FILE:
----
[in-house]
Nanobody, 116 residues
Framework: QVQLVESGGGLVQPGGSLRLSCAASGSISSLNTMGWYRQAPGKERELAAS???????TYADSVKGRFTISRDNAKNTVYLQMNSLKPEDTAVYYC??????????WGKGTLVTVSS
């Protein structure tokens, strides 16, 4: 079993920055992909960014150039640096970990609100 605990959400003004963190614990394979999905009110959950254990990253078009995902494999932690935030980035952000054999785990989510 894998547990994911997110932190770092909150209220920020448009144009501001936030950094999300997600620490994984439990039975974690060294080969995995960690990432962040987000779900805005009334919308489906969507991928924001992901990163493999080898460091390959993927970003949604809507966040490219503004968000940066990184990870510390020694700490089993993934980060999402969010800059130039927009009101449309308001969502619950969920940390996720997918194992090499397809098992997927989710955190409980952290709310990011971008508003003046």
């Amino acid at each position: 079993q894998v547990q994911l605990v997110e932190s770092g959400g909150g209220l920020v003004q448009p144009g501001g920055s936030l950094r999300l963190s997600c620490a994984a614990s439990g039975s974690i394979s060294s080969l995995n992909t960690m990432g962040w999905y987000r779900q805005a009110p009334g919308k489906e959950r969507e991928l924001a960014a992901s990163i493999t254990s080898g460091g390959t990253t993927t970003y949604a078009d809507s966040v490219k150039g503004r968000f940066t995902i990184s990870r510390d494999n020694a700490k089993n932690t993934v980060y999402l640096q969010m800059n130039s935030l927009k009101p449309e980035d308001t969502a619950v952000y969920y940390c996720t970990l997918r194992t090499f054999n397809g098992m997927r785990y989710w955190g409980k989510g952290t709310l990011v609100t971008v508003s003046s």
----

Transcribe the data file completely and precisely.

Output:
[in-house]
Nanobody, 116 residues
Framework: QVQLVESGGGLVQPGGSLRLSCAASGSISSLNTMGWYRQAPGKERELAAS???????TYADSVKGRFTISRDNAKNTVYLQMNSLKPEDTAVYYC??????????WGKGTLVTVSS
């Protein structure tokens, strides 16, 4: 079993920055992909960014150039640096970990609100 605990959400003004963190614990394979999905009110959950254990990253078009995902494999932690935030980035952000054999785990989510 894998547990994911997110932190770092909150209220920020448009144009501001936030950094999300997600620490994984439990039975974690060294080969995995960690990432962040987000779900805005009334919308489906969507991928924001992901990163493999080898460091390959993927970003949604809507966040490219503004968000940066990184990870510390020694700490089993993934980060999402969010800059130039927009009101449309308001969502619950969920940390996720997918194992090499397809098992997927989710955190409980952290709310990011971008508003003046």
């Amino acid at each position: 079993q894998v547990q994911l605990v997110e932190s770092g959400g909150g209220l920020v003004q448009p144009g501001g920055s936030l950094r999300l963190s997600c620490a994984a614990s439990g039975s974690i394979s060294s080969l995995n992909t960690m990432g962040w999905y987000r779900q805005a009110p009334g919308k489906e959950r969507e991928l924001a960014a992901s990163i493999t254990s080898g460091g390959t990253t993927t970003y949604a078009d809507s966040v490219k150039g503004r968000f940066t995902i990184s990870r510390d494999n020694a700490k089993n932690t993934v980060y999402l640096q969010m800059n130039s935030l927009k009101p449309e980035d308001t969502a619950v952000y969920y940390c996720t970990l997918r194992t090499f054999n397809g098992m997927r785990y989710w955190g409980k989510g952290t709310l990011v609100t971008v508003s003046s």